Michael Gove was caught in a war of words with former prime minister Theresa May in parliament today.
The MP for Maidenhead raised concerns over the appointment of David Frost to the post of national security adviser (NSA).
She said: “I served on the national security council for nine years, six years as home secretary and three as prime minister.
“During that time I listened to the expert independent advice from national security advisers.
“On Saturday my right honourable friend said “we must be able to promote those with proven expertise”.
“Why then is the new national security adviser a political appointee with no proven expertise in national security?”
Theresa May is FUMING… the former PM goes for Michael Gove pic.twitter.com/FWnTxY1zwO— John Stevens (@johnestevens) June 30, 2020
Downing Street was forced to defend the appointment of Boris Johnson’ chief EU negotiator to the key post of NSA this weekend.
The Prime Minister faced criticism that unlike previous holders of the post, David Frost is a political adviser rather than a career civil servant, and lacks security experience.
He will replace Sir Mark Sedwill, who is also stepping down as Cabinet Secretary and head of the Civil Service, amid reports of clashes with Mr Johnson’s chief adviser, Dominic Cummings.
The former cabinet secretary Lord O’Donnell warned that political appointees were more likely to be “yes-men” – telling ministers what they wanted to hear rather than “speaking truth to power”.
“I’m worried about the appointment of David Frost as national security adviser because I’m not quite sure how putting a special adviser in that role works,” he told the BBC Radio 4 Today programme.
Downing Street, however, insisted such appointments were not unusual in other countries and that Mr Frost – who has the status of an ambassador – had spent 25 years as a diplomat in the Foreign Office before leaving in 2013.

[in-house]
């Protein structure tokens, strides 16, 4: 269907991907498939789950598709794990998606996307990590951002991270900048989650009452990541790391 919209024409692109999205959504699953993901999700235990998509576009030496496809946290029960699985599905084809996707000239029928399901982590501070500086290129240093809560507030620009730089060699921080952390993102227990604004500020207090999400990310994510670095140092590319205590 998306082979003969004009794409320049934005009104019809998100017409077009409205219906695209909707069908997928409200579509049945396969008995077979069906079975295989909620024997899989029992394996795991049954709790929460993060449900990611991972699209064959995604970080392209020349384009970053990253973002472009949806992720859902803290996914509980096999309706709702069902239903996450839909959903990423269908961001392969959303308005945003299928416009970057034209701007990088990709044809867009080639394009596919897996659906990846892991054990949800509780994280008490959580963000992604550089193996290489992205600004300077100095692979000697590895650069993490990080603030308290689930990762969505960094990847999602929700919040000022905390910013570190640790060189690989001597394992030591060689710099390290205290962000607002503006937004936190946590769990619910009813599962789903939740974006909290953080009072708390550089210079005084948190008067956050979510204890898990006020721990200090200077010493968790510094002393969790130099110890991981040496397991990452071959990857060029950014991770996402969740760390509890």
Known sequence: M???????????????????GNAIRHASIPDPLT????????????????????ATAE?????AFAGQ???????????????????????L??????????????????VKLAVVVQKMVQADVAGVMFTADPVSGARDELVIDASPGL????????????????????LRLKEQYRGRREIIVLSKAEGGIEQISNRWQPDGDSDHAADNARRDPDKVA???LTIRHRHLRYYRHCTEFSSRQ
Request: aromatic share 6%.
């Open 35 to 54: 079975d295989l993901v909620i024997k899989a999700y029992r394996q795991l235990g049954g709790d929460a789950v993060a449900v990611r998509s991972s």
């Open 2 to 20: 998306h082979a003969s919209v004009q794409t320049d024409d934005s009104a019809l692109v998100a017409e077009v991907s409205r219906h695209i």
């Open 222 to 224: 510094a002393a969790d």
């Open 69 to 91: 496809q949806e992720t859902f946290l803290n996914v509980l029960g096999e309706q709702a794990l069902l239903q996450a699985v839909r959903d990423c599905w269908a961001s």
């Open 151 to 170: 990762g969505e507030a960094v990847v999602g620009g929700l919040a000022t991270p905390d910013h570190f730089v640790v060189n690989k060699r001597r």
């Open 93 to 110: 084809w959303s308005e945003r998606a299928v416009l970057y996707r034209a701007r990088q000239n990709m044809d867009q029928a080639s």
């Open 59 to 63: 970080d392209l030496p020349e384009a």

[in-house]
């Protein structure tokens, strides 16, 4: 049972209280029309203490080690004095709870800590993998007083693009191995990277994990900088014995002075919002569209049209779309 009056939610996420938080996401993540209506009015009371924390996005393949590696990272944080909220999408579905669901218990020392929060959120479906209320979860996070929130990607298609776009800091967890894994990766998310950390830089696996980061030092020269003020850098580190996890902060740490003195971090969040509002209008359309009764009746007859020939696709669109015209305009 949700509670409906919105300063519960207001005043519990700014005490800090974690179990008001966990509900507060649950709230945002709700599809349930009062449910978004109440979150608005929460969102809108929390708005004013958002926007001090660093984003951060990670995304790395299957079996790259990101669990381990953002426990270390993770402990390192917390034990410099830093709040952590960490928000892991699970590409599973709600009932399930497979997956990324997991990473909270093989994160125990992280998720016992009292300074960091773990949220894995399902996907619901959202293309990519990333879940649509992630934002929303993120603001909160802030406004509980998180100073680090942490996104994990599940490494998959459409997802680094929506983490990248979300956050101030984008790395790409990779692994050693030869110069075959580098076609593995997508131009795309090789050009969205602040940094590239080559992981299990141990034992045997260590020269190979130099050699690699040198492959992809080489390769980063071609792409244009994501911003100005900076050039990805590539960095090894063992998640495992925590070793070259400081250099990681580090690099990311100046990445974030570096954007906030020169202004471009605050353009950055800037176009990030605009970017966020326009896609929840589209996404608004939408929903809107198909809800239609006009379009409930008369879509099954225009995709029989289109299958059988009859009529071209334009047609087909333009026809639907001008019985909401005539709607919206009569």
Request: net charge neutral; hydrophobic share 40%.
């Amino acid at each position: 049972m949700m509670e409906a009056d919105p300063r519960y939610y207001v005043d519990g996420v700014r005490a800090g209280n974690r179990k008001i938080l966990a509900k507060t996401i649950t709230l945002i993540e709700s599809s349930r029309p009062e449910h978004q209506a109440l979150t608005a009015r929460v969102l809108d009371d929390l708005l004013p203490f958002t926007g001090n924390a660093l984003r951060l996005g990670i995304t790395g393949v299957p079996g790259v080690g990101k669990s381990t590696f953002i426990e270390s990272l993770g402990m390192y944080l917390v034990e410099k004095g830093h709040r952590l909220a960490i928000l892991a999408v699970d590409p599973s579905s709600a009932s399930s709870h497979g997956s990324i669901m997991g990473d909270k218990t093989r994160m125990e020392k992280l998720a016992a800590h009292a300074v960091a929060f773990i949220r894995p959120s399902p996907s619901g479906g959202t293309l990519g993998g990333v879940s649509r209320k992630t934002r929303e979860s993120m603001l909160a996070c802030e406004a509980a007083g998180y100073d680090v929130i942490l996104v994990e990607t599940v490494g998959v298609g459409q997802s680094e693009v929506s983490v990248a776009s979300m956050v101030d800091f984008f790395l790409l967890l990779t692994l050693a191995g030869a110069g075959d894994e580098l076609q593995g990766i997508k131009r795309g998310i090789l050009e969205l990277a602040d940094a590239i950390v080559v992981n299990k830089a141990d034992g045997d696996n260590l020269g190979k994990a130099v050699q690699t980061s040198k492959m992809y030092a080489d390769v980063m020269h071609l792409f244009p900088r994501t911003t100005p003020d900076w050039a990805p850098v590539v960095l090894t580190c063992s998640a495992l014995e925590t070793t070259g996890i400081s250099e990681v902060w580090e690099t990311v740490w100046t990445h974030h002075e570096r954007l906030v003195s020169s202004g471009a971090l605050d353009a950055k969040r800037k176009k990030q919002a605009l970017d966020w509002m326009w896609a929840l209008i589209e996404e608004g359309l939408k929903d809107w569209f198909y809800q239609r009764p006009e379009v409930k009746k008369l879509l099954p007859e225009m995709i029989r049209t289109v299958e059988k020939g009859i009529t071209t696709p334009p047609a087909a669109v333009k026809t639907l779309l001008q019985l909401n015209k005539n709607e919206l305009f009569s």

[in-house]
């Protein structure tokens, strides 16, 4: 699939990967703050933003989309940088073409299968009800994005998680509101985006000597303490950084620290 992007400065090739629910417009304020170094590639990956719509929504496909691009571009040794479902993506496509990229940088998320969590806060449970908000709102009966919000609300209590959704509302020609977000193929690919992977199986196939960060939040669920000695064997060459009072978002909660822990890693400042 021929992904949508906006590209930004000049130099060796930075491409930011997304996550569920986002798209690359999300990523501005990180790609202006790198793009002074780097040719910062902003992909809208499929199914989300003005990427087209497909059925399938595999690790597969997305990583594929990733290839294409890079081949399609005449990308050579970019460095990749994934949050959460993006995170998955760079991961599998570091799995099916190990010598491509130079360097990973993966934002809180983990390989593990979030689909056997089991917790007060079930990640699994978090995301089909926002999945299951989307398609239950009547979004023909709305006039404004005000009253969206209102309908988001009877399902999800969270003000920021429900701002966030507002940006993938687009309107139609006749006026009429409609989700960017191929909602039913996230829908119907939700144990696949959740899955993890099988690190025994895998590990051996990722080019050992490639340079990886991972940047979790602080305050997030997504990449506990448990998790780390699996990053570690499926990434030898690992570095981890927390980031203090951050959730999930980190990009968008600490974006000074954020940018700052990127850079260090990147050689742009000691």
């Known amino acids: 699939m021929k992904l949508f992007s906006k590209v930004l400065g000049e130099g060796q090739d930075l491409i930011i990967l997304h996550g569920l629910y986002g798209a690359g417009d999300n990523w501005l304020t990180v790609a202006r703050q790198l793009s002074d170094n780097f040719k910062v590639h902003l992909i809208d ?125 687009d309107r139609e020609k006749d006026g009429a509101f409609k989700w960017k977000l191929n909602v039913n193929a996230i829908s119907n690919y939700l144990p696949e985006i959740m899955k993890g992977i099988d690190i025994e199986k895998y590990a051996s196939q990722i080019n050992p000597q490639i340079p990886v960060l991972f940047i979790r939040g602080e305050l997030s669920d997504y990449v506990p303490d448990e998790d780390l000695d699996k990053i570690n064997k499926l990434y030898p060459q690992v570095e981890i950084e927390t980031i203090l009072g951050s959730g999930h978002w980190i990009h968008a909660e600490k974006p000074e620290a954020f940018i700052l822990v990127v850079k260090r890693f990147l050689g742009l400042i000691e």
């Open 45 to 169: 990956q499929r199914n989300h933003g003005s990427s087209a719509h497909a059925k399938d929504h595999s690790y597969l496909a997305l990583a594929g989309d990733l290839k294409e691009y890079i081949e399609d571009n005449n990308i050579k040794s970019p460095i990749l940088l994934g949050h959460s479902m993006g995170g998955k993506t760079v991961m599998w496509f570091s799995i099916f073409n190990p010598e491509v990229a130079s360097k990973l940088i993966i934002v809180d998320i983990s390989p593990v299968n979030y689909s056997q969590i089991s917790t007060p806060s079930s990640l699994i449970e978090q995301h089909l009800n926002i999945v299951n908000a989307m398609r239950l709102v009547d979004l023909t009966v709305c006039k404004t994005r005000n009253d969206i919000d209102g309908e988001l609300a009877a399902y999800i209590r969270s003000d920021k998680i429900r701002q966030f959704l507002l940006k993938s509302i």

“The appointment of the NSA is always a decision for the Prime Minister,” the Prime Minister’s official spokesman said.
“It is not unusual in other countries for ambassadors to serve as national security advisers and ambassadors can be political appointees. David Frost has the status of an ambassador.
“The First Civil Service Commissioner has agreed the appointment. That is consistent with the Constitutional Reform and Governance Act.”
Hostile press briefings
Meanwhile, Mr Johnson sought to play down claims that Sir Mark’s position had been undermined by a series of hostile press briefings.
Mr Cummings was reported to have been unimpressed by the response of the Cabinet Office to the coronavirus outbreak, telling aides a “hard rain is coming” for the Civil Service.
Speaking during a visit to a school in west London, Mr Johnson insisted that Sir Mark – who will continue to be involved in the preparations for the UK taking on the presidency of the G7 next year – still had “a lot to offer”.
He sought to play down claims that he had been deliberately undermined through hostile press briefings, making his position impossible.
“I try not to read too much of the negative briefing,” he said.
“There is an awful lot of stuff that comes out in the papers to which I wouldn’t automatically attach the utmost credence.”
Why in the middle of a pandemic?
However, Labour leader Sir Keir Starmer said that it was “obvious” that the Prime Minister was determined to get rid of Sir Mark.
“Why you do so in the middle of a pandemic and a crisis instead of actually focusing on the crisis, is a question the Prime Minister needs to answer,” he told Sky News.